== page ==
6 things candidates want to see on your job ad
Research shows repeatedly that this is the number one thing candidates want to see. However, it’s also one of the last things most employers want to publish!
Most of the big job boards will make you enter a range into the back end for search, which is to help candidates filter by the price range they want. Some, like CareerOne, will publish their ‘estimate’ of what they think the salary should be. Given that this is done via an algorithm, it’s generally imperfect and when they get this wrong, it can have quite an impact on your response.
When you have over-qualified candidates who want $90k applying for a $70k role, or less qualified candidates who want $25ph pitching for a role where you’re offering $40ph, it’s a waste of everyone’s time. Contrary to popular belief, publishing a salary range doesn’t reduce your negotiation ability. When you’re paying well, it’s a strong selling point.
Do yourself a favour and if at all possible, publish a range at least. Whether it’s ‘$30-35ph’ or ‘OTE $100k+’, candidates will appreciate you being on the front foot.
Is the job work from home? Some work from home and some office time? Where is the workplace? Is it near transport? Cafes? Is parking easy?
Location is a deal-breaker for most candidates, particularly in the big cities. No one wants to spend an hour a day in traffic and ‘closer to home’ is one of the top 3 reasons candidates cite as their reason for applying for a new job.
Aside from telling people where the workplace will be, tell them what’s great about where you are located. If work from home is an option, make sure you state that, as it’s also a key search phrase. In 2021, candidates are looking specifically for roles where this is an option.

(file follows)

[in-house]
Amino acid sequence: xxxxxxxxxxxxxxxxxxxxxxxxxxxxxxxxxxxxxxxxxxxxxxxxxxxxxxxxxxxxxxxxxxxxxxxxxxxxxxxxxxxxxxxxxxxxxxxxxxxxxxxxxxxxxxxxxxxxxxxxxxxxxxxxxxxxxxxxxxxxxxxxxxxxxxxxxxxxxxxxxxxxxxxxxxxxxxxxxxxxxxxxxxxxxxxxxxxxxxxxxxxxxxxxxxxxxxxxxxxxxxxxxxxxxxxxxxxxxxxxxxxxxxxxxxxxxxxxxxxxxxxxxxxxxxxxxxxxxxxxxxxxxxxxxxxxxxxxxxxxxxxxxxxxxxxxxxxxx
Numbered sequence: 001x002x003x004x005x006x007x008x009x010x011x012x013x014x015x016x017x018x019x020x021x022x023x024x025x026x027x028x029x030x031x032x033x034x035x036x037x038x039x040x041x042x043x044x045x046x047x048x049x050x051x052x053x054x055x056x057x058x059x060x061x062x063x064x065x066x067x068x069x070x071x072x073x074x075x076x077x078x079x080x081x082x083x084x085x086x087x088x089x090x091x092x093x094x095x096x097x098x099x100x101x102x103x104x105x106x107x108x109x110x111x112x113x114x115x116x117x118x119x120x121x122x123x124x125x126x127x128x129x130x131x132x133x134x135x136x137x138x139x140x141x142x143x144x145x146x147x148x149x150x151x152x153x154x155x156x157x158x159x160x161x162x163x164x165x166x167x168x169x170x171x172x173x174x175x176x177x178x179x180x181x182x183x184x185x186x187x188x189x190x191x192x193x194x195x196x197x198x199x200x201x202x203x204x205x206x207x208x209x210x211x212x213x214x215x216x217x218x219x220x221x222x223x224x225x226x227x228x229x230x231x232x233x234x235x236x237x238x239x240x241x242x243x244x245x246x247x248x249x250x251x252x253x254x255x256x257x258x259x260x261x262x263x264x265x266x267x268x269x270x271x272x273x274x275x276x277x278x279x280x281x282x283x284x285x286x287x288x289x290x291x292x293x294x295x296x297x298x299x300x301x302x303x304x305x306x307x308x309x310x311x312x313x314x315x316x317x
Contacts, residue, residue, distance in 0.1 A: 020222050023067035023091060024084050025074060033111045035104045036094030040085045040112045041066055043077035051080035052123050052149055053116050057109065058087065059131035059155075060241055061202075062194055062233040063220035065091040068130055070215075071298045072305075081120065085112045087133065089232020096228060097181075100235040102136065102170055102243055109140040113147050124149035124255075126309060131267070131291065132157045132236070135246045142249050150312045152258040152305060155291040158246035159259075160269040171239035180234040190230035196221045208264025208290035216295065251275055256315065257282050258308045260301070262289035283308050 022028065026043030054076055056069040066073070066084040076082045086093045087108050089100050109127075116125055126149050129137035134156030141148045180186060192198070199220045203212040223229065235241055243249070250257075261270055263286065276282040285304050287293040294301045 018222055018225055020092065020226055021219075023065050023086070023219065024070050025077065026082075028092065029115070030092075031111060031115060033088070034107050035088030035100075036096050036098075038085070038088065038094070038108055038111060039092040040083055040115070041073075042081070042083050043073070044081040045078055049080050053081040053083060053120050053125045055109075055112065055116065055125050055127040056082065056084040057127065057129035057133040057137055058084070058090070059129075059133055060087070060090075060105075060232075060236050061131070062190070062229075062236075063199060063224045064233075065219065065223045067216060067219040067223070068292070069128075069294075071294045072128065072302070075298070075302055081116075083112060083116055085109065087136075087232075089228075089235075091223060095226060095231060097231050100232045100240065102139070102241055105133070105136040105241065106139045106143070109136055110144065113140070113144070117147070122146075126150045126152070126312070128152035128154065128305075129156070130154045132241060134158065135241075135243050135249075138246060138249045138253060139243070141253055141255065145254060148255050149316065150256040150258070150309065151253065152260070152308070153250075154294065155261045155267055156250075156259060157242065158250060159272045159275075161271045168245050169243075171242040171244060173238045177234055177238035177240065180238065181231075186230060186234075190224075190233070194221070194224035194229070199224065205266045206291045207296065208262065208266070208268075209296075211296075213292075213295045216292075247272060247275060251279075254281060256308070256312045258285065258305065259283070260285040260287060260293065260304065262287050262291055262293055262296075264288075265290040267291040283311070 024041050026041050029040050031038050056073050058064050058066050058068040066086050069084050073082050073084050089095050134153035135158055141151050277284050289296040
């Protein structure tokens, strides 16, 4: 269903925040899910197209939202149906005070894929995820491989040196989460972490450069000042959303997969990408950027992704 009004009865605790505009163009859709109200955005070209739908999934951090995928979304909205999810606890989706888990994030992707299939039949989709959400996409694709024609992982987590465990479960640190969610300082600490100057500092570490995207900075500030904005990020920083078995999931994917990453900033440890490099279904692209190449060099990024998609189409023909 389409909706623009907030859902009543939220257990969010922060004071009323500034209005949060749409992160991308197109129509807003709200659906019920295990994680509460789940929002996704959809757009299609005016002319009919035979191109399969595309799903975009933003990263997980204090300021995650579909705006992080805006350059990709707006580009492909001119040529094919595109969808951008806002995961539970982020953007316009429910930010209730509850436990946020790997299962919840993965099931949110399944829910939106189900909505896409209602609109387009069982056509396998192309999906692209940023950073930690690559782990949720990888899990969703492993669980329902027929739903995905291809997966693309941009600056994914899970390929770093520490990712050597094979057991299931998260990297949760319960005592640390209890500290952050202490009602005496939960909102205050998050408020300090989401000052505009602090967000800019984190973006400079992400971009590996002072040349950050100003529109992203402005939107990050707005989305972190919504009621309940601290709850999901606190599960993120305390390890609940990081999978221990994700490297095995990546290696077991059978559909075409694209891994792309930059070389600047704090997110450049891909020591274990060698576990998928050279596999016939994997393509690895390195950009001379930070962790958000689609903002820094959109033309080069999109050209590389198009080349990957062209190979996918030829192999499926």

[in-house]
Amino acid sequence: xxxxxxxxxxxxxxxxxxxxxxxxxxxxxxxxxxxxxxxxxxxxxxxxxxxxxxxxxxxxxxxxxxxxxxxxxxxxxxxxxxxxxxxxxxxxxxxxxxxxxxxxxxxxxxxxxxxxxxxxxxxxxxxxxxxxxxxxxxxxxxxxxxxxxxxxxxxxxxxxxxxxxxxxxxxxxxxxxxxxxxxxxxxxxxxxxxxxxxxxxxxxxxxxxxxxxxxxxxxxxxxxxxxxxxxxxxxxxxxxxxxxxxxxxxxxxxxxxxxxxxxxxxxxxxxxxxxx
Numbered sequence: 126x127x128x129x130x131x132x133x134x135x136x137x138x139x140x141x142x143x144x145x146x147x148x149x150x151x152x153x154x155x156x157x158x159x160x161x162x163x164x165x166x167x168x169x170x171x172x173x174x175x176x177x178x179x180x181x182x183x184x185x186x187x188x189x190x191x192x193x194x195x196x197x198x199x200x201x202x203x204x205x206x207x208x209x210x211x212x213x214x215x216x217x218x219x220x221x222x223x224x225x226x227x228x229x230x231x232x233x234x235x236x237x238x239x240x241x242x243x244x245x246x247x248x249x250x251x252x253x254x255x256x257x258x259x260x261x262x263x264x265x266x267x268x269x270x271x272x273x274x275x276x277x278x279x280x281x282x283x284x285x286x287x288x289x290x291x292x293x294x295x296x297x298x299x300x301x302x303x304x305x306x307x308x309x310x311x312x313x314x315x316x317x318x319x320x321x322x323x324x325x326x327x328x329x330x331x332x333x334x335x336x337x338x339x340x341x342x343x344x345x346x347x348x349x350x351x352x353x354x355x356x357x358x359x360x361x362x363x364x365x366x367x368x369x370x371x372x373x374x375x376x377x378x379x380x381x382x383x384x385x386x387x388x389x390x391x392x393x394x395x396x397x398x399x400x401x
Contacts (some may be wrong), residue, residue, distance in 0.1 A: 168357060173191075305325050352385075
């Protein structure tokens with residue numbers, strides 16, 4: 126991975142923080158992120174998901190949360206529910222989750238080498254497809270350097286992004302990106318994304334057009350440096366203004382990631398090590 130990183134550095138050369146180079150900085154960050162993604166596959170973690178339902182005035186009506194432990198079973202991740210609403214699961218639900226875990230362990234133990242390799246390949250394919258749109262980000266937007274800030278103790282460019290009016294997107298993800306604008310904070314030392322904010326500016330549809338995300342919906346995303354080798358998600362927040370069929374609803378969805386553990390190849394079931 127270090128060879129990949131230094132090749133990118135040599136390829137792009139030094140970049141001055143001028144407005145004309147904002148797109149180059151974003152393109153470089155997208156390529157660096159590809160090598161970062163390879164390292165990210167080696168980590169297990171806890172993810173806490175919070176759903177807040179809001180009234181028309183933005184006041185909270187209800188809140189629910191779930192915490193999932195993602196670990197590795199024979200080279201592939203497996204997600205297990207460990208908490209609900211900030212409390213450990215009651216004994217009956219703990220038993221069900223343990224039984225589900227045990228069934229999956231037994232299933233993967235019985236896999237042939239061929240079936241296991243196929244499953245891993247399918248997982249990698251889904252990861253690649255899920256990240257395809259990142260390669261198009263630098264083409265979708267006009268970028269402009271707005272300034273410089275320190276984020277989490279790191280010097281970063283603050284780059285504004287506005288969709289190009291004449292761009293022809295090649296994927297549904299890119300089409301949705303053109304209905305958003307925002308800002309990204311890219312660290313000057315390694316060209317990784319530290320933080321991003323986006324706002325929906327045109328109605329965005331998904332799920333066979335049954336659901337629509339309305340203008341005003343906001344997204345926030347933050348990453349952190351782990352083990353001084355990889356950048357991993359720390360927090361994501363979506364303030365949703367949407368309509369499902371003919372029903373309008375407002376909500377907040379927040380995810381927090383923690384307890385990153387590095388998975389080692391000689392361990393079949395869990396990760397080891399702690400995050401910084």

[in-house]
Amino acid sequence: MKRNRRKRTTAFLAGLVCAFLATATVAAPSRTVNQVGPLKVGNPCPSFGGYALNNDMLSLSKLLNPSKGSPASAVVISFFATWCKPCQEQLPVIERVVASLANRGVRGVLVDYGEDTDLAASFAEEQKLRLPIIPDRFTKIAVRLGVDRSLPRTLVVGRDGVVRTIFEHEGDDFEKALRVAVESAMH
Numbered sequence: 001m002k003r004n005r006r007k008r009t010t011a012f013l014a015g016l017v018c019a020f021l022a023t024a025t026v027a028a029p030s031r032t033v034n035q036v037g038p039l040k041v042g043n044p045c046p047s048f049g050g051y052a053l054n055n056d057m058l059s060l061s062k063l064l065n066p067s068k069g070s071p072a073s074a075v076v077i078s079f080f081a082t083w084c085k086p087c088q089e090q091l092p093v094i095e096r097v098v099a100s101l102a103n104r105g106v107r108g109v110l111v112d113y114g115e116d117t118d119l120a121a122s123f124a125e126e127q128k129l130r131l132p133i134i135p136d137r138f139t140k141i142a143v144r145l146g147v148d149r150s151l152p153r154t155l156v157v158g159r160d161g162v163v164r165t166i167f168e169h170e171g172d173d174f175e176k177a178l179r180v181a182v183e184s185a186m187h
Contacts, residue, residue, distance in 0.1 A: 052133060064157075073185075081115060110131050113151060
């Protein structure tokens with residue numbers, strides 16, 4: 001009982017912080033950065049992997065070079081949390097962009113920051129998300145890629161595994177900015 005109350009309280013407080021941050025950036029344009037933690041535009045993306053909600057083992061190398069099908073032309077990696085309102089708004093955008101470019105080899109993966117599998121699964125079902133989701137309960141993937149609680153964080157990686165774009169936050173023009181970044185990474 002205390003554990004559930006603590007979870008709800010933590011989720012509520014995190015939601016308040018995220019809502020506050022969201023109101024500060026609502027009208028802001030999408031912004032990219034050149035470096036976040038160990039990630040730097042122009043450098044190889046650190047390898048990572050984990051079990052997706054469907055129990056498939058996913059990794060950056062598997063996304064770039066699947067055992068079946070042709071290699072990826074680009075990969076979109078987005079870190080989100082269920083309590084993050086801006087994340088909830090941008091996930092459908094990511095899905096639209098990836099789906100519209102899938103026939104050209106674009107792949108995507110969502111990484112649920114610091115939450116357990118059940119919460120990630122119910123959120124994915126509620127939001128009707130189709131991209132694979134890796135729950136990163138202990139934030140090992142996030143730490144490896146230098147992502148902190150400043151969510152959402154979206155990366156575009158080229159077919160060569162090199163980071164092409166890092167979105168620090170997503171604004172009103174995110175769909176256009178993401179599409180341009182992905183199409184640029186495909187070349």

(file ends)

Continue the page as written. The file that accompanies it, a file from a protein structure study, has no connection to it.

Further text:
Company and values
Candidates hate anonymous adverts and dealing with third parties. In our experience, ‘blind’ adverts get fewer responses than those with company branding and 67% of candidates will research you before deciding whether to apply.
That’s why unless there is a really good reason not to tell people who you are, we recommend you should.
Good candidates are looking for a company they can be excited about, a firm that shares their values and where their work will be meaningful. If that’s part of your criteria for hiring, then help candidates to prepare their ‘why you should hire me’ pitch by sharing this information.
There are so many more rewards for work than just a paycheck. If you offer benefits like staff discounts, subsidised health insurance, even an office fruit box, then promote this.
Candidates are also looking for a workplace culture that suits them, so find some words to explain your vibe. Regular staff BBQs? Laidback boss? Results focussed, energetic team? Adverts that help candidates to connect emotionally attract more enthusiastic candidates.
You will have some essential skills and experience required and most job seekers will do a mental check off to ensure they aren’t wasting their time applying for a role they aren’t suitable for. We suggest including a link to the position description so the quality candidates can customise their resumes to suit the role.
However, don’t get carried away with a massive list of ‘must-haves.’ The narrower your criteria, the lower your application numbers (see our other blog on this topic). We recommend no more than five bullet points in a list and make sure the ‘you must be’ section doesn’t swamp the ‘what we offer’ part of your advert. The two should be in equal proportion – remember a job advert just that: an ADVERT.
You are ‘selling’ the role, so write your advert as if you were pitching your best product or service to your ideal customer. You want to get the best candidates excited!
Finally, be realistic about what they will be doing day to day but try to make it a bit engaging. Bring it to life, explain a typical day and be specific. Candidates apply for roles they are confident about and enjoy doing.
As experts in crafting job adverts, the team here at Big Splash has a great track record in getting results. Want some help with copywriting? Need media advice? Drop us a line or check out our resource page.